North Korea warns of 'catastrophe'
PYONGYANG, North Korea (CNN) -- The refusal by the United States to negotiate with North Korea over its nuclear program could lead to an "uncontrollable catastrophe," North Korea's state-run Rodong Sinmun newspaper has warned.
In Seoul, the South Korean Cabinet was told that North Korea is moving nuclear fuel rods containing enough plutonium to build two warheads out of a holding area at a nuclear plant that had been sealed.
The United States has been trying to handle the North Korean nuclear crisis diplomatically as it gears up for possible war with Iraq.
Over the weekend, U.S. Secretary of State Colin Powell consulted with allies in Asia about North Korea's moves.
But the North Korean newspaper said only the United States and North Korea can come to a settlement.
"If the U.S. persistently tries to internationalize the pending issue between the DPRK [Democratic People's Republic of Korea] and the U.S. in a bid to flee from its responsibility, it will push the situation to an uncontrollable catastrophe," the newspaper said.
In addition, North Korean Defense Minister Kim Il Chol was quoted by the state news agency as saying the crisis was reaching "an extremely dangerous phase."
In the event of a nuclear conflict, he said, North Korea would deal a "merciless punishment" to the United States.
"If they, ignorant of their rival, dare provoke a nuclear war, the army and people of the DPRK led by Kim Jong Il, the invincible commander, will rise up to mete out determined and merciless punishment to the U.S. imperialist aggressors with the might of single-hearted unity more powerful than A-bomb," he said.
While North Korea has said it wants to open negotiations with the United States, U.S. officials have so far refused, saying the United States will not enter into dialogue in response to threats or broken commitments.
South Korea's outgoing president, Kim Dae-jung, condemned Pyongyang's decision to take down monitoring cameras, break seals on its nuclear plants and move the fuel rods.
"We have said it repeatedly and sometimes we presented it on documents that we can never go along with North Korea's weapons of mass destruction, including missiles or nuclear weapons, and that this is the absolute condition for talks," Kim said.
While Bush administration officials said they are continuing to work diplomatically, U.S. Defense Secretary Donald Rumsfeld warned North Korea not to assume that the United States was not capable of acting militarily on two fronts, even as it prepares for a war with Iraq.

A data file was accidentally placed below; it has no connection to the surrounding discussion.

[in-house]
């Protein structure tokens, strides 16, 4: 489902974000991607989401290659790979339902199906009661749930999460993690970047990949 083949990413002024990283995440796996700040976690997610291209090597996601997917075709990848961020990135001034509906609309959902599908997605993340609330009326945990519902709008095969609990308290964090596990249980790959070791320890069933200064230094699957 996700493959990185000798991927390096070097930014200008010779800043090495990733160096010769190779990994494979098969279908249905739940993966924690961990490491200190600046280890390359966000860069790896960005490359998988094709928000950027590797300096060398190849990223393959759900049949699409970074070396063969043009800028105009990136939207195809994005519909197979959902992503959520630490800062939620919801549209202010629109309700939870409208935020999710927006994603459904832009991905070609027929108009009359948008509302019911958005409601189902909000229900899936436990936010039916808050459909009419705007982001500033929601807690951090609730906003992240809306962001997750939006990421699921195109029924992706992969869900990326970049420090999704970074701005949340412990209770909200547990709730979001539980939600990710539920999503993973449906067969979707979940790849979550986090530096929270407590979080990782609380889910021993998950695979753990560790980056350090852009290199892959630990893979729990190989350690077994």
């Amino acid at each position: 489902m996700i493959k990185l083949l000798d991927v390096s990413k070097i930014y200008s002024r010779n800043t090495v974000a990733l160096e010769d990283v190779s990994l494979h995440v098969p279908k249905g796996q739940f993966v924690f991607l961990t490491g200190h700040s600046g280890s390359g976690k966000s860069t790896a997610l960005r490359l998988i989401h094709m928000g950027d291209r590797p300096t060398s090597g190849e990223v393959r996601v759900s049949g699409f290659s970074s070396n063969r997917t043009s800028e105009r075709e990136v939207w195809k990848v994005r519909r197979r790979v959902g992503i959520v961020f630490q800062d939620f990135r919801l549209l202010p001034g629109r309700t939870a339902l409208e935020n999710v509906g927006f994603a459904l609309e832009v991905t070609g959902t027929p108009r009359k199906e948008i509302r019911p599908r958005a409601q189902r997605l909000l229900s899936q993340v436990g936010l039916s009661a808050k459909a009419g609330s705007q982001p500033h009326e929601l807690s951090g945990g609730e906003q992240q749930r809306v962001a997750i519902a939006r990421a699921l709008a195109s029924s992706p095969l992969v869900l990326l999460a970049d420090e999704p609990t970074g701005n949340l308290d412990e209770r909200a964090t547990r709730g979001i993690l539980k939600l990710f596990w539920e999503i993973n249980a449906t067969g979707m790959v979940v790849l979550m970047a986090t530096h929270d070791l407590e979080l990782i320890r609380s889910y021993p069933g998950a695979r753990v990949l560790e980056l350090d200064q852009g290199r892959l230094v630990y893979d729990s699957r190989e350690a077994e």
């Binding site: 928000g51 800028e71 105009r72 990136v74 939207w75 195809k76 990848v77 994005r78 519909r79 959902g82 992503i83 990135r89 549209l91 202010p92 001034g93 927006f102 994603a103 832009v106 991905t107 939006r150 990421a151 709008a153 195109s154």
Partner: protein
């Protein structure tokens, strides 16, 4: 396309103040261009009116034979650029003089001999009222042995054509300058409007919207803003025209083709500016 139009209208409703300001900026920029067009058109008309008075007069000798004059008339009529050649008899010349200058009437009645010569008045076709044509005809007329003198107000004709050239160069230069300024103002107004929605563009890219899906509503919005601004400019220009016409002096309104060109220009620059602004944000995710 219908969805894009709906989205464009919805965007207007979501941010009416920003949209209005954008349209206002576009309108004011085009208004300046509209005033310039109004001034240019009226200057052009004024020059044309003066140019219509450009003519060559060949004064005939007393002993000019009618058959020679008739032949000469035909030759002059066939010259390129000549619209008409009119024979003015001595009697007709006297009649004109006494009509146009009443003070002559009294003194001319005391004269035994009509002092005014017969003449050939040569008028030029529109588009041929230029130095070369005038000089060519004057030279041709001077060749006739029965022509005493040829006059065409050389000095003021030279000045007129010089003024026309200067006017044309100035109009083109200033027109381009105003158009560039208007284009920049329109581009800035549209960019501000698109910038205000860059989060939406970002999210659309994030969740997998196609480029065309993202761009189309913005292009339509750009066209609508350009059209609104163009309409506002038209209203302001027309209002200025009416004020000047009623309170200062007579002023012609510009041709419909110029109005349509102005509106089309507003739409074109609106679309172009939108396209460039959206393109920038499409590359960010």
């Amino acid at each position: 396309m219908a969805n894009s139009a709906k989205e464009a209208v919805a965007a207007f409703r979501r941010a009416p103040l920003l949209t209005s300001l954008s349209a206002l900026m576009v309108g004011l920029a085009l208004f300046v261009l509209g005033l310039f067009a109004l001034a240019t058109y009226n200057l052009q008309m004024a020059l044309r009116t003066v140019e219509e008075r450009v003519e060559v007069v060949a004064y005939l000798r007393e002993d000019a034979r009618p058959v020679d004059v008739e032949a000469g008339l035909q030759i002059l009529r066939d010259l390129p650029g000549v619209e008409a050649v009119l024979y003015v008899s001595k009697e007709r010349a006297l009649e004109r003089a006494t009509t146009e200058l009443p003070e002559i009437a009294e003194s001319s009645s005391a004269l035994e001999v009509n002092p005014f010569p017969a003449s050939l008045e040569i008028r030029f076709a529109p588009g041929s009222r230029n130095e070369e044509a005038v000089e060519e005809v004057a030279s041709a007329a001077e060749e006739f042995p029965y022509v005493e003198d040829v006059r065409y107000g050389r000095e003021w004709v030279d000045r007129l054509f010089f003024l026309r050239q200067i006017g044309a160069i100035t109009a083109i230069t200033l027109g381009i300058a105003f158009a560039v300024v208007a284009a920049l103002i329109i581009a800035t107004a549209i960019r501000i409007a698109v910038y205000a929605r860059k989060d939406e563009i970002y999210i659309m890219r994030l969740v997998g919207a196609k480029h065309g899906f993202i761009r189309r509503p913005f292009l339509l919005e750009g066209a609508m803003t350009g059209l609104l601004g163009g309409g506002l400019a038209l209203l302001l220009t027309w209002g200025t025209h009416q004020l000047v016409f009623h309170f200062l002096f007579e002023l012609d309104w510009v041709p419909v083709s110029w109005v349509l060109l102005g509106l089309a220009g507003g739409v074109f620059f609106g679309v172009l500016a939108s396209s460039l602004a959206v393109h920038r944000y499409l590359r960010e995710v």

"If they do, it would be a mistake," Rumsfeld said at a news conference Monday.
If necessary, Rumsfeld said, the U.S. military was perfectly capable of fighting both North Korea and Iraq simultaneously.
"We are capable of fighting two major regional conflicts," Rumsfeld told a Pentagon briefing.
"We're capable of winning decisively in one and swiftly defeating in the case of the other. And let there be no doubt about it."
Over the weekend, the North started removing the safety seals and blocking surveillance cameras placed by international monitoring agencies at facilities in Yongbyong.
On Tuesday, the International Atomic Energy Agency (IAEA) said the North Koreans were continuing to dismantle the monitoring devices and break seals on its nuclear facilities.
IAEA head Mohamed ElBaradei said North Korea had unilaterally continued the process of disrupting IAEA safeguard measures at its nuclear facilities.
"On 23-24 December, the DPRK cut most of the seals and impeded the functioning of surveillance equipment installed at both the fuel rod fabrication plant and the reprocessing facility," ElBaradei said.
"To date, seals have been cut and surveillance equipment impeded at a total of three facilities at Yongbyong: the 5 megawatt reactor including the associated spent fuel pond, the fuel rod fabrication plant and the reprocessing facility."
Unless the IAEA is able to reinstate its safeguard measures without delay at the facilities, ElBaradei said, it will not be able to provide assurances that North Korea is not diverting nuclear material to nuclear weapons or other nuclear explosive devices as required by its safeguard agreement pursuant to the Nuclear Non-proliferation Treaty.
ElBaradei said the rapidly deteriorating situation in the DPRK raises "grave non-proliferation concerns." He is currently consulting with the chairman and member states of the IAEA board of governors on ways and means to address this "disturbing development," an IAEA statement said.
In an interview with CNN on Monday, ElBaradei said not only have the North Koreans taken "the cameras and surveillance verification monitoring equipment from the power reactor where they supposedly want to produce electricity, but [they] continue to take all the equipment from the spent fuel and the reprocessing plant which would enable them, if they restart the program, to make plutonium in a pretty few months and that's a pretty disturbing trend."
North Korea agreed to give up its nuclear program in 1994 in exchange for new reactors and shipments of alternative fuel oil.
North Korean officials said they have been forced to restart the program because a U.S.-led consortium decided to stop the alternative shipments after Pyongyang disclosed it had an active nuclear weapons program. The United States believes North Korea already has as many as three nuclear warheads in addition to the plutonium that could be used to make two more.